Genetic variation in drought hardiness of coastal Douglas-fir seedlings from British Columbia Public Deposited

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  • Abstract: Genetic variation in drought hardiness traits and their genetic correlations with growth potential and17re1c6overy traits were investigated in 39 full-sib families of coastal Douglas-fir (Pseudotsuga menziesii var. menziesii (Mirb.) Franco) from southwestern British Columbia. Seedlings of these families were grown in raised nursery beds and subjected to three moisture regimes each in the second (well-watered or control, mild, and moderate drought) and third (control, severe drought, and recovery from second-year moderate drought) seasons. Traits assessed included drought hardiness (foliage damage, cavitation of xylem tracheids, xylem hydraulic conductivity, and height and diameter growth increment) in the drought treatments, growth potential (total height and diameter) in the control treatment, and height and diameter growth increments in the recovery treatment. Xylem cavitation in the growth ring produced in a particular year was nearly three times greater under the moderate drought and four times greater under the severe drought than in the control treatment. Xylem hydraulic conductivity of seedlings in the severe drought treatment was 40% lower than conductivity of seedlings under the control treatment. Mean foliage damage in seedlings subjected to severe drought (third season) was much greater (33%) than in seedlings subjected to mild or moderate drought (second season). Families differed significantly in most drought hardiness traits, with individual tree heritabilities averaging 0.19. Thus, much potential exists for identifying drought-hardy families at the seedling stage and using this information for deployment or breeding purposes. In addition, most hardiness traits were strongly intercorrelated (genetic correlations often exceeded |0.80|) indicating that these traits are controlled largely by the same set of genes and that selection for hardiness based on one trait will increase hardiness as reflected in the other traits as well. Genetic correlations were only moderate (0.49) between hardiness traits measured in different years, perhaps due to the large difference in severity of the drought applied in the two seasons. Although injury to seedlings, as reflected in foliage damage and xylem cavitation, was relatively low under the moderate drought of the second season, it did result in reduced growth increment the following (recovery) year. Growth potential under favorable moisture regimes was nearly uncorrelated with drought hardiness, suggesting that drought hardiness could be improved in this southwestern British Columbia breeding population without negatively impacting growth potential in favorable moisture conditions.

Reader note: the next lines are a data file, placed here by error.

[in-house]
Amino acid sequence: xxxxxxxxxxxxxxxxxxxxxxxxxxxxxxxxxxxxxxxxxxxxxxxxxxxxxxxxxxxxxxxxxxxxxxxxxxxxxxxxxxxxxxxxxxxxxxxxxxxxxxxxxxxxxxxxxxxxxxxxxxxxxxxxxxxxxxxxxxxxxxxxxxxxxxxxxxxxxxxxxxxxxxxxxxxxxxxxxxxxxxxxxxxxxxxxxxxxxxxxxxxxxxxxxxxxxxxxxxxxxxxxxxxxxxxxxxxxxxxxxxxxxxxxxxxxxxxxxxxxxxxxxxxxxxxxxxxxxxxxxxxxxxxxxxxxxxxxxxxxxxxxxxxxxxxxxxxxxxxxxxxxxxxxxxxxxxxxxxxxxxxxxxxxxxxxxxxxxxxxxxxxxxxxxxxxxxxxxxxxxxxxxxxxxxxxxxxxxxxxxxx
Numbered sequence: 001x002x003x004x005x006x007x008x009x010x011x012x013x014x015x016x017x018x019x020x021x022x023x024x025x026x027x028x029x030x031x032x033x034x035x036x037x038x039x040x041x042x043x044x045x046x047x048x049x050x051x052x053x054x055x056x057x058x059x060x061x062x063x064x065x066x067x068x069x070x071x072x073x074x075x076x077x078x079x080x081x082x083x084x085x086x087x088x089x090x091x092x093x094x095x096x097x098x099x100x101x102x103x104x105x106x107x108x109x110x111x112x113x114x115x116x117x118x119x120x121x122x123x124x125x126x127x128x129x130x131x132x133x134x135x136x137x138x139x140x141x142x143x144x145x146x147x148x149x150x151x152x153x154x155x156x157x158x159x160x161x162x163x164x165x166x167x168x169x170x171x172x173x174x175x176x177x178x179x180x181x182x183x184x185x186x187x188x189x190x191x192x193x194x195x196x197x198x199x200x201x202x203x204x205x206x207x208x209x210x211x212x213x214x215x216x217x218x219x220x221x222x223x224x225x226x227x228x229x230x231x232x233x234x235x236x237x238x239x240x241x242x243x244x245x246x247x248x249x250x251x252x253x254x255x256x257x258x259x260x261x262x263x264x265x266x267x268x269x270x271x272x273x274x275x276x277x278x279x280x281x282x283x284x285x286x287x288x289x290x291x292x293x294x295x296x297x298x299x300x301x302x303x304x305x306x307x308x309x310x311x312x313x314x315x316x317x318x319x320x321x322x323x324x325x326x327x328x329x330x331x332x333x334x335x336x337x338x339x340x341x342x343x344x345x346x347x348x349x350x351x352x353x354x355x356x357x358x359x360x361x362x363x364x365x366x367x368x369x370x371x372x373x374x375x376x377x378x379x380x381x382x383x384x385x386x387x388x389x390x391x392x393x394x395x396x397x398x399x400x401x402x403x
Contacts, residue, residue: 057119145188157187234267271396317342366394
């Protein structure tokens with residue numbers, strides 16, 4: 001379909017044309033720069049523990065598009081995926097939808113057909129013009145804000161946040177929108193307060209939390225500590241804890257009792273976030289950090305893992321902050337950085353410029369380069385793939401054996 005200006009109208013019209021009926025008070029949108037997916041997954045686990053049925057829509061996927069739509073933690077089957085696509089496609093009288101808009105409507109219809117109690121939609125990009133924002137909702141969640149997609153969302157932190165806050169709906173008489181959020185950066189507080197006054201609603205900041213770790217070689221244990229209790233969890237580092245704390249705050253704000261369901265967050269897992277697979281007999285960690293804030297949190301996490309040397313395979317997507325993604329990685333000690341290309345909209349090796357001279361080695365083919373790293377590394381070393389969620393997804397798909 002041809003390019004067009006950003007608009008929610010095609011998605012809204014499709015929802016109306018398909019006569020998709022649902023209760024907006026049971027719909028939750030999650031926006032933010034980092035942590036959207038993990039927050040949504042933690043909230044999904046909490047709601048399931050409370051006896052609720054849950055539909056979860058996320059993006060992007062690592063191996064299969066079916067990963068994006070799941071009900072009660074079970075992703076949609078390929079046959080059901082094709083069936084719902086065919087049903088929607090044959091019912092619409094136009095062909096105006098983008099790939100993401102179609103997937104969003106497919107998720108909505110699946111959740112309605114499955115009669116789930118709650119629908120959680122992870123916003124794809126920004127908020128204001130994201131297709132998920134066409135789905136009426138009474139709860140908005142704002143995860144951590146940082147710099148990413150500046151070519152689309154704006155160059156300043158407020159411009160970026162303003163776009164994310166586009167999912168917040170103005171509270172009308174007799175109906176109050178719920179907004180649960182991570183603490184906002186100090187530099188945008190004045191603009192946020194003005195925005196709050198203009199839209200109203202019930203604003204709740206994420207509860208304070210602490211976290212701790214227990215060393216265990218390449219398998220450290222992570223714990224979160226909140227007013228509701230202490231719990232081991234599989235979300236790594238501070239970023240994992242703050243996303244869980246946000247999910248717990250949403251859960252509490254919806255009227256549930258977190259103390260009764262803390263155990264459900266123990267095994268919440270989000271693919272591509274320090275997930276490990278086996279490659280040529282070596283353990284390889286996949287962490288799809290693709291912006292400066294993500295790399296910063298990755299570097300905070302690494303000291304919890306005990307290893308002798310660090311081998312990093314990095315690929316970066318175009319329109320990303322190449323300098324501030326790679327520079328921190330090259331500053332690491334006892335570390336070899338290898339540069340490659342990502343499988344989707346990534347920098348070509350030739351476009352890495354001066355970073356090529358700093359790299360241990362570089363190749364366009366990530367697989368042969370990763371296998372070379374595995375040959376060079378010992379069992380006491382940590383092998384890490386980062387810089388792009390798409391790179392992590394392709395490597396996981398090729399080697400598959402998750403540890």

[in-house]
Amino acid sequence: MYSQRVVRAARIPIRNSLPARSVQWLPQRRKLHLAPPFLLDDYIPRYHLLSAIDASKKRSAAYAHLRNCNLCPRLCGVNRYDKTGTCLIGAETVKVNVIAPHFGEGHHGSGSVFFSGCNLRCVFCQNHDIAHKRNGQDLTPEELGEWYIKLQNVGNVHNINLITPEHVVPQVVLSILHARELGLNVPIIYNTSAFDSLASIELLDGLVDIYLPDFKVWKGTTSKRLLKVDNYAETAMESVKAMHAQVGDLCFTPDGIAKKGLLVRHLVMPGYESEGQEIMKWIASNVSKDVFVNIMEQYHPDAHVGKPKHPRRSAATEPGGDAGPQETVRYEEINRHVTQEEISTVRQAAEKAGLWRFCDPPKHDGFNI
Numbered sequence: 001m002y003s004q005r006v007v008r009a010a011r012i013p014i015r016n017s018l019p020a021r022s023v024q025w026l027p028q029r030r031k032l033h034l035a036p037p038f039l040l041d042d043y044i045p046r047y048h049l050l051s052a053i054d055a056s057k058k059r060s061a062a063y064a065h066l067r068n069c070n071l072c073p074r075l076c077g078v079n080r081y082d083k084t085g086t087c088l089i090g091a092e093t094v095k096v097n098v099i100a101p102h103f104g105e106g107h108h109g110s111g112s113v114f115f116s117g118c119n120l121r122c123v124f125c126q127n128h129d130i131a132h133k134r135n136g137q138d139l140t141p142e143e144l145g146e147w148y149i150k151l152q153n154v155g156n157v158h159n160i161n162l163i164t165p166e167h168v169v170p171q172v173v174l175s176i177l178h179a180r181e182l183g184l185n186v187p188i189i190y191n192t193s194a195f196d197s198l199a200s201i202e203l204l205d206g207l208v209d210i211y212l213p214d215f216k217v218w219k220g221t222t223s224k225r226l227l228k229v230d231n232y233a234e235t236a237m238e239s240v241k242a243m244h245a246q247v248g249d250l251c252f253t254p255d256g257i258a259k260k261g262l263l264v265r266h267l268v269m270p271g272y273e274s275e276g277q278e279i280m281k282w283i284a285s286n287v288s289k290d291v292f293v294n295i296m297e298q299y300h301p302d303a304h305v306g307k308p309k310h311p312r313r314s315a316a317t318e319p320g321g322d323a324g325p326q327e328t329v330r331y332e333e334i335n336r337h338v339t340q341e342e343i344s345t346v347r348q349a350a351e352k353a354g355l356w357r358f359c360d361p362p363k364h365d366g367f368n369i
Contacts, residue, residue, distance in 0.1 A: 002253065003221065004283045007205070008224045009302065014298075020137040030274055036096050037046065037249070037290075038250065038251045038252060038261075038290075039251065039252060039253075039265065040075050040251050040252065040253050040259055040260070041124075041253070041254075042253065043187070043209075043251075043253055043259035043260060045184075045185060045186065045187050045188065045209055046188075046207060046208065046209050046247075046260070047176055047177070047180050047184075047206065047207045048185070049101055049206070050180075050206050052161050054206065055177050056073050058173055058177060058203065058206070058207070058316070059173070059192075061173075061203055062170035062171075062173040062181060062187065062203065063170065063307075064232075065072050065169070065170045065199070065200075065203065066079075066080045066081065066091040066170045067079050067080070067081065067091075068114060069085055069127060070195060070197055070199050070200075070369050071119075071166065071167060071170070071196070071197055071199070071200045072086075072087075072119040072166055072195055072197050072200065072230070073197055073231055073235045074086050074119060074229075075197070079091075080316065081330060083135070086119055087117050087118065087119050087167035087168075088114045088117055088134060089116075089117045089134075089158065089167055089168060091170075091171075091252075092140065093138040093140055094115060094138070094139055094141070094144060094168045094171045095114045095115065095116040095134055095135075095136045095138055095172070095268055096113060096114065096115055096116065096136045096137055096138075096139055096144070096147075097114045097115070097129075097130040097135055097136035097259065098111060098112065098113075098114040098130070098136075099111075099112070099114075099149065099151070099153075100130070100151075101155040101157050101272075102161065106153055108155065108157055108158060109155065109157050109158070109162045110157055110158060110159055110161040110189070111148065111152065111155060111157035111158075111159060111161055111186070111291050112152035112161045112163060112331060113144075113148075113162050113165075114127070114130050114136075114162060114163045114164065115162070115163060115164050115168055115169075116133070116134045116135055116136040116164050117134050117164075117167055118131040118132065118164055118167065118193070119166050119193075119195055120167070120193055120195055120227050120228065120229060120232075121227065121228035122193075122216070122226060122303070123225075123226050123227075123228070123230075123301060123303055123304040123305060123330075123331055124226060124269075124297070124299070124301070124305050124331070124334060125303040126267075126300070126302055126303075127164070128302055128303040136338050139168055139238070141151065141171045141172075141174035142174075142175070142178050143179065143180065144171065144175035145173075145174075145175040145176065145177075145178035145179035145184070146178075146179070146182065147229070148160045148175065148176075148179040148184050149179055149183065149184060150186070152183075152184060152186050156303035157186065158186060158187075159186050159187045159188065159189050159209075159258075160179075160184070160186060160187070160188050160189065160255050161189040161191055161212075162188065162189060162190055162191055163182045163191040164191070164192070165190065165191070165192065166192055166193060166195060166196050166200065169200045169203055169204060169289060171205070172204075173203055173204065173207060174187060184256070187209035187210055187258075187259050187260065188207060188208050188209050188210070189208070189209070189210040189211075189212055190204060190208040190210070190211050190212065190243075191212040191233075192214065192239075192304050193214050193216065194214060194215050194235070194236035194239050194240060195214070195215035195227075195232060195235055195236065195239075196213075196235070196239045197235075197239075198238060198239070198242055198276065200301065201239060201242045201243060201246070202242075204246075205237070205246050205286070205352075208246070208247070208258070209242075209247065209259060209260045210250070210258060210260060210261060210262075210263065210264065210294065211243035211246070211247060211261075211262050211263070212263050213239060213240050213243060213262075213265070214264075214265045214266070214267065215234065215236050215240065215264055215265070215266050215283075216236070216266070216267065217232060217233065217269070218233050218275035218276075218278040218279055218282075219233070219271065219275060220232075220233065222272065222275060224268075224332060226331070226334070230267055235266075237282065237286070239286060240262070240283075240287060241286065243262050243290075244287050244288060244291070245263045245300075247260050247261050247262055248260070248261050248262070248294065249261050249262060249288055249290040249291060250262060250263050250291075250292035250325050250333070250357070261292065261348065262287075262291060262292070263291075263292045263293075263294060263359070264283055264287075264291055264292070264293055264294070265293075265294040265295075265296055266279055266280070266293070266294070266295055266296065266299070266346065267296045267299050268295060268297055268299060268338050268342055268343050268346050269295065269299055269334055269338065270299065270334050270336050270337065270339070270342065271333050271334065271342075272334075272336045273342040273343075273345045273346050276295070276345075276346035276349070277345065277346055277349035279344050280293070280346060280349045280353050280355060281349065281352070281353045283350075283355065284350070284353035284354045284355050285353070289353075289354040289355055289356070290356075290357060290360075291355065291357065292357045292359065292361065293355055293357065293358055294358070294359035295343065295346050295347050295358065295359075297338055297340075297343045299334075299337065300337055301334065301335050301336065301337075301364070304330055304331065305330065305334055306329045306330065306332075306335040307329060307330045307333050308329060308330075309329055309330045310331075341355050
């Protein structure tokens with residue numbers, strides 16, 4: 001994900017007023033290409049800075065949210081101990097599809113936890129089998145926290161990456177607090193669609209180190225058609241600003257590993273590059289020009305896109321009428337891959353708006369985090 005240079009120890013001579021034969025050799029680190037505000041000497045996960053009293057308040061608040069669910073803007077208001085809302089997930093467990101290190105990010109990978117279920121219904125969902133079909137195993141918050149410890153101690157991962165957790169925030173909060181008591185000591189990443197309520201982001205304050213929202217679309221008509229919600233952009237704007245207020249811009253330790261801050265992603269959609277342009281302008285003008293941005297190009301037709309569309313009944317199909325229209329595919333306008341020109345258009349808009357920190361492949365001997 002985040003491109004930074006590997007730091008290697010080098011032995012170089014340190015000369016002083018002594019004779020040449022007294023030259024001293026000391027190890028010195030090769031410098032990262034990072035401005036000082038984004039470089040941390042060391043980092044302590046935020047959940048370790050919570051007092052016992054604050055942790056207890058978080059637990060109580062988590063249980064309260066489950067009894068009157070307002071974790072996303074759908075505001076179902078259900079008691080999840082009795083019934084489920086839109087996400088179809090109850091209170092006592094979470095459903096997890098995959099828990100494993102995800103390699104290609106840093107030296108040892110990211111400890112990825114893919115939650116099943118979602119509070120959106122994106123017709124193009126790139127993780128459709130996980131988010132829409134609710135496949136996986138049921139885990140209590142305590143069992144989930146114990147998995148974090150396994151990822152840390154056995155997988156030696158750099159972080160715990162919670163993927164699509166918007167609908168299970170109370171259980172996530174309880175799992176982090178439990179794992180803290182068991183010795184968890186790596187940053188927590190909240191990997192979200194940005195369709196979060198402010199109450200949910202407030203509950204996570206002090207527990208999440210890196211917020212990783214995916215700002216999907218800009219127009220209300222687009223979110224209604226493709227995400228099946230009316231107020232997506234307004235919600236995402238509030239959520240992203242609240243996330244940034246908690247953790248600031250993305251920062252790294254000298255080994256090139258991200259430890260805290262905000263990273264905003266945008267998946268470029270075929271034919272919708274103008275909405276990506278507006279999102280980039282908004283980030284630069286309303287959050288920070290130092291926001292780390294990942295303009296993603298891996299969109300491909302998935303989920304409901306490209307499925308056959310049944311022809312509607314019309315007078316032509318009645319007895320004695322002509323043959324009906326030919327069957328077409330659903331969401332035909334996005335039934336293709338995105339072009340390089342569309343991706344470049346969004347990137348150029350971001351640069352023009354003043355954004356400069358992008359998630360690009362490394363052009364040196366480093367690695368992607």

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  • Anekonda, T.S., Lomas, M.C., Adams, W.T. and Kavanagh, K.L. Genetic variation in drought hardiness of coastal Douglas-fir seedlings from British Columbia. Canadian Journal of Forest Research, 32(10): 1701–1716
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  • description.provenance : Submitted by Bryan Bernart (bryan.bernart@oregonstate.edu) on 2009-09-25T23:32:29Z No. of bitstreams: 1 Anekonda Lomas Adams Kavanagh Aitken Genetic Variation.pdf: 328164 bytes, checksum: a4841609499c2b52bee872cdd40d5ff8 (MD5)
  • description.provenance : Approved for entry into archive by Linda Kathman(linda.kathman@oregonstate.edu) on 2009-09-28T13:53:26Z (GMT) No. of bitstreams: 1 Anekonda Lomas Adams Kavanagh Aitken Genetic Variation.pdf: 328164 bytes, checksum: a4841609499c2b52bee872cdd40d5ff8 (MD5)
  • description.provenance : Made available in DSpace on 2009-09-28T13:53:26Z (GMT). No. of bitstreams: 1 Anekonda Lomas Adams Kavanagh Aitken Genetic Variation.pdf: 328164 bytes, checksum: a4841609499c2b52bee872cdd40d5ff8 (MD5) Previous issue date: 2002-05-13

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